Sunday, February 2, 2014

Guitar refinishing.

I do an eBay search for a guitar every week.  The guitar I'm looking for belonged to my friend that passed away 11 years ago.  I'm not looking for the same model or the same make, but rather his guitar.  I have been unable to for the entirety of the time I have looked for the guitar.  For some reason in December , I decided to type into the search, Jackson Randy Rhoads.  When I first started playing guitar, I had a JC Penny special, then a Peavey Predator.  The predator was basically a budget USA strat.  It was nice, but it wasn't until I received a Jackson Randy Rhoads EX Pro that I felt that I had a "good" guitar.

When I moved away from home I ended up with another Randy Rhoads.  I had a black one and a white one.  I still, to this day, remember the serial numbers of each.  So when I typed into the search bar on eBay, and I saw the guitar that I used to own, not the same model, but rather, MY old guitar, I put a joke bid on it to win it...and sure enough, I did.  When I sold the guitar years ago, it was for rent and security deposit on an apartment.  It did bum me out but I enjoyed the white Rhoads more, so that's why I sold the black one.  
Here are the pictures of it from eBay.  You can see that it has seen better days.  I did not take these photographs, again, they are from the listing. 

My son has been asking me to play an "orange" jammer for awhile.  I don't have an orange jammer, so I decided to paint the black Rhoads, with base coat/clear coat finish.  I chose an orange color that Honda used on the Fit and the Element. 

The process of refinishing a guitar is a long one.  It isn't something to decide to do on a whim (like I did).  You really need to have the time set aside for the work and a space to do it in.  I decided to do it without either of them!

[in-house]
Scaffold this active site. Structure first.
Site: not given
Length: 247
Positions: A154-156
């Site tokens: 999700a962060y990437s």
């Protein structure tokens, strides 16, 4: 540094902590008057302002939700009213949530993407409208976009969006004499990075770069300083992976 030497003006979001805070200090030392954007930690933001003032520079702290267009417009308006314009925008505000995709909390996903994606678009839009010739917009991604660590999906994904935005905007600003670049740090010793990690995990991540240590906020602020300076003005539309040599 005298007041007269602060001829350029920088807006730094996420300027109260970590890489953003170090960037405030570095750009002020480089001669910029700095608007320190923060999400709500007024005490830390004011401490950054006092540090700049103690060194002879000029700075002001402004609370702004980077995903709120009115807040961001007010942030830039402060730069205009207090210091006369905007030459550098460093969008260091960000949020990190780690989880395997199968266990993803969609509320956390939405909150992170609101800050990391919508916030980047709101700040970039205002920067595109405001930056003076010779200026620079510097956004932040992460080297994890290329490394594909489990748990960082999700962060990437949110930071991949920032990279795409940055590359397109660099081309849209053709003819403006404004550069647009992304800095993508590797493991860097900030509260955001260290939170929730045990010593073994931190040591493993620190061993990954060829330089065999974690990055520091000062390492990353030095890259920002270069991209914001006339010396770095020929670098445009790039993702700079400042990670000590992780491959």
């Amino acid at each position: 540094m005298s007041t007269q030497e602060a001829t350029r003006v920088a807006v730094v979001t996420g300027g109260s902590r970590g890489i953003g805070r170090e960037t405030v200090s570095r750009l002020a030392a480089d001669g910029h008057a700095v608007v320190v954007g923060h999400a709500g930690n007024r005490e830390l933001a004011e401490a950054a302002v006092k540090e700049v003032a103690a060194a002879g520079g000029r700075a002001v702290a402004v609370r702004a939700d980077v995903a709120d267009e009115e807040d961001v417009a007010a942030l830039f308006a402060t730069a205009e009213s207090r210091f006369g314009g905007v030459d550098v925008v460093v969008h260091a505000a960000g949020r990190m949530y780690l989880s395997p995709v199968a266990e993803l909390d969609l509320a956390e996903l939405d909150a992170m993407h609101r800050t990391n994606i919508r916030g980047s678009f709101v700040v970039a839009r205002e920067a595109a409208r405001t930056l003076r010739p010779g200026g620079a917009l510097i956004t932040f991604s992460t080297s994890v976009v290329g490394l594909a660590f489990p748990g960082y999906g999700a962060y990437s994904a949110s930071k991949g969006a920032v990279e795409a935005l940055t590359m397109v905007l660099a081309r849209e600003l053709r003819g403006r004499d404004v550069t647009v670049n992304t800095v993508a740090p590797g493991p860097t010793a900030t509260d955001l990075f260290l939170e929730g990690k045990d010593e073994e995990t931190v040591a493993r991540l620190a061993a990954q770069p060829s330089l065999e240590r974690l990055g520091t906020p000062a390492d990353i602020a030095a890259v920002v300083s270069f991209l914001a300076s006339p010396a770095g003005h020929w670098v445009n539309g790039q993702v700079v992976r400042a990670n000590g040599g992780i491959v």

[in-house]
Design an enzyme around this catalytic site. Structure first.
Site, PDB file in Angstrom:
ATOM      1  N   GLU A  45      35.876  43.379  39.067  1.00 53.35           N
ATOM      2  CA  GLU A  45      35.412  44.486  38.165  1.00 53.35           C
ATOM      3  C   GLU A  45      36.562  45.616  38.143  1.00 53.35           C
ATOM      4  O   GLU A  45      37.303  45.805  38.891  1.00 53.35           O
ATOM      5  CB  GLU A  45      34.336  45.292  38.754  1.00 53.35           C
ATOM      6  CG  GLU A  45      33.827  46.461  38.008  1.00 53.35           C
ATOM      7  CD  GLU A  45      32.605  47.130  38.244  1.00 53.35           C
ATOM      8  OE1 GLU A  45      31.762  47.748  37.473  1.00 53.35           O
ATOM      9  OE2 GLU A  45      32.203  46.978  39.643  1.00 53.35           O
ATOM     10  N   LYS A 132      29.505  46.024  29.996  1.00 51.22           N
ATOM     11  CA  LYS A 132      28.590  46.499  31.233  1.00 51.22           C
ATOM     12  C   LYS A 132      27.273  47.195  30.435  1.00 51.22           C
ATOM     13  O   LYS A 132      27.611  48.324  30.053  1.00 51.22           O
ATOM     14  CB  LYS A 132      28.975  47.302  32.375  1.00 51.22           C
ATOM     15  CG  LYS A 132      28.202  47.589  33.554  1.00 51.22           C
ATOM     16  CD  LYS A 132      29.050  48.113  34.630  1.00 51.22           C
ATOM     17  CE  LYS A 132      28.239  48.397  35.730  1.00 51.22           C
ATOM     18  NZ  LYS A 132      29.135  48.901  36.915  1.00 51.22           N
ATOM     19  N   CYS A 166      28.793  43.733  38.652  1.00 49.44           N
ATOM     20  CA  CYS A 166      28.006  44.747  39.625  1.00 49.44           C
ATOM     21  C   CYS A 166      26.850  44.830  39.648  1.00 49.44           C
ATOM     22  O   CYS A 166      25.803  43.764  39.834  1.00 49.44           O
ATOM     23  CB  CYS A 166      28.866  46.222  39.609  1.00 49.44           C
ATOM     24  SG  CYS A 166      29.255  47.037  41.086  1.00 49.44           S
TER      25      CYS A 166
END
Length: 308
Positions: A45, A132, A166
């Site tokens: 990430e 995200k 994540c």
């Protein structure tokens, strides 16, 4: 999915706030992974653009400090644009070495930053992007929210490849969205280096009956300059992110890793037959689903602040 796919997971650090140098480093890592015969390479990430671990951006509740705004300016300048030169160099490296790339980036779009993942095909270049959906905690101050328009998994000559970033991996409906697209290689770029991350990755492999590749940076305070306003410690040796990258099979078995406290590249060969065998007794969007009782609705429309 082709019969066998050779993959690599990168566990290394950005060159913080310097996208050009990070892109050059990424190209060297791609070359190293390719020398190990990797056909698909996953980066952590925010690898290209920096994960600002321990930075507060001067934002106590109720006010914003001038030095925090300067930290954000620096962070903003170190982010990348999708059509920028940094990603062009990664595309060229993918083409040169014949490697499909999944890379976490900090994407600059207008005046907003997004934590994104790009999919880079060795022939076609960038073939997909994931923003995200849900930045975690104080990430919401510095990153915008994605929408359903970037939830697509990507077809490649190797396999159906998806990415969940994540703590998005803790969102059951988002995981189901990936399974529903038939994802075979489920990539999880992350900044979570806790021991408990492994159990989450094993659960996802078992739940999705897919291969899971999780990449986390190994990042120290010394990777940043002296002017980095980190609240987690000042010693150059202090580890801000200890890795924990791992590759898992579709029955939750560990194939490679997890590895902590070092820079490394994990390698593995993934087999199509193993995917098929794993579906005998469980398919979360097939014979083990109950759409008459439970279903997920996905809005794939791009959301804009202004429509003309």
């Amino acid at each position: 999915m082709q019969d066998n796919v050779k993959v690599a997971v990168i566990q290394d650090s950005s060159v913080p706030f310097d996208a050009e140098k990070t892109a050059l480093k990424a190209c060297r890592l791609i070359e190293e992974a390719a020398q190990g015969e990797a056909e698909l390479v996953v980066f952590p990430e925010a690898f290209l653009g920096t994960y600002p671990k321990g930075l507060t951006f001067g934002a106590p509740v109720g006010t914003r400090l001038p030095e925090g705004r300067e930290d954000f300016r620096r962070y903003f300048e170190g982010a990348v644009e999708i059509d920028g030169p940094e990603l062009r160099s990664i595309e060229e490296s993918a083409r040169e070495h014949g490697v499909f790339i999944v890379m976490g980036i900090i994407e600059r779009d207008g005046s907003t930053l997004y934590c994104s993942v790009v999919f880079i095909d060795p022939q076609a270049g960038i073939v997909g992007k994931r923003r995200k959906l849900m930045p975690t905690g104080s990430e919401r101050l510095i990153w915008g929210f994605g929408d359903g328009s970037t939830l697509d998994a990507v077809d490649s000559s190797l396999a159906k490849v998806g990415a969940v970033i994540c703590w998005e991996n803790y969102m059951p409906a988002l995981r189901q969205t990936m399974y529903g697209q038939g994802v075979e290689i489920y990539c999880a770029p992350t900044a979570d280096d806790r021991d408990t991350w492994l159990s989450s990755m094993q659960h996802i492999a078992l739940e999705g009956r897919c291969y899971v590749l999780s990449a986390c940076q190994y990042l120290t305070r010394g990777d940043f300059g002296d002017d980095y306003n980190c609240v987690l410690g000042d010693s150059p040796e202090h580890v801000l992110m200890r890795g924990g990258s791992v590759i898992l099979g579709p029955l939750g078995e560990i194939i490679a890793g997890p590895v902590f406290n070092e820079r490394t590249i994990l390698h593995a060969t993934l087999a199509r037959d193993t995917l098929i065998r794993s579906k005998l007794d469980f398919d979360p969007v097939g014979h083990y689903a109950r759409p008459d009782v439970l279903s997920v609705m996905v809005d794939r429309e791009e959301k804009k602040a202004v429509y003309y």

I removed the strings, neck, pickups and hardware from the guitar.  I had to clean the hardware because it was terribly corroded.  After removing all of the hardware, it was time to get ready to sand it and repair the body damage.

That is the guitar with the hardware removed and photos of the damage.  You can see that this poor thing has seen much better days. 
I then sanded the guitar body with 80 grit paper. From there I used Bondo body filler to repair the damaged fins.  After the repairs set up, I used 120, 220, 320 and 400 grit paper to sand the guitar smooth.
This is just after the 80 and 120 grit sanding.

I was thinking of what pickups I wanted to use in this guitar.  I've always liked Seymour Duncan pickups and I've had a particular fondness for the distortion and the jazz combo.  I was unable to locate a distortion trembucker in stock, so I decided to try out the "dimebucker." 

 I initially tried to use clear coat as a sanding sealer, but there was a big problem after I tried to use the primer.  The primer was lifting off of the guitar.  See in guitar refinishing typically a sanding sealer/grain filler is used on the guitar, then sanded smooth, then the primer is applied, then the base coat, and finally, the clear coat.   I spoke to one luthier who uses clear coat as a sanding sealer.  The products I used must have been incompatible in that fashion.

So I had to sand the guitar...again...yuck!  So again with 80, 120, 220, 320 and 400 grit paper.  After that, I applied 3 coats of primer.  After that, I wet sanded the body with 600.  I had a few spots where I sanded through, so I again sprayed primer on the guitar.  I used 2 more total coats.  I would say that I sanded off 1-2 coats so that would leave 3 coats on the guitar.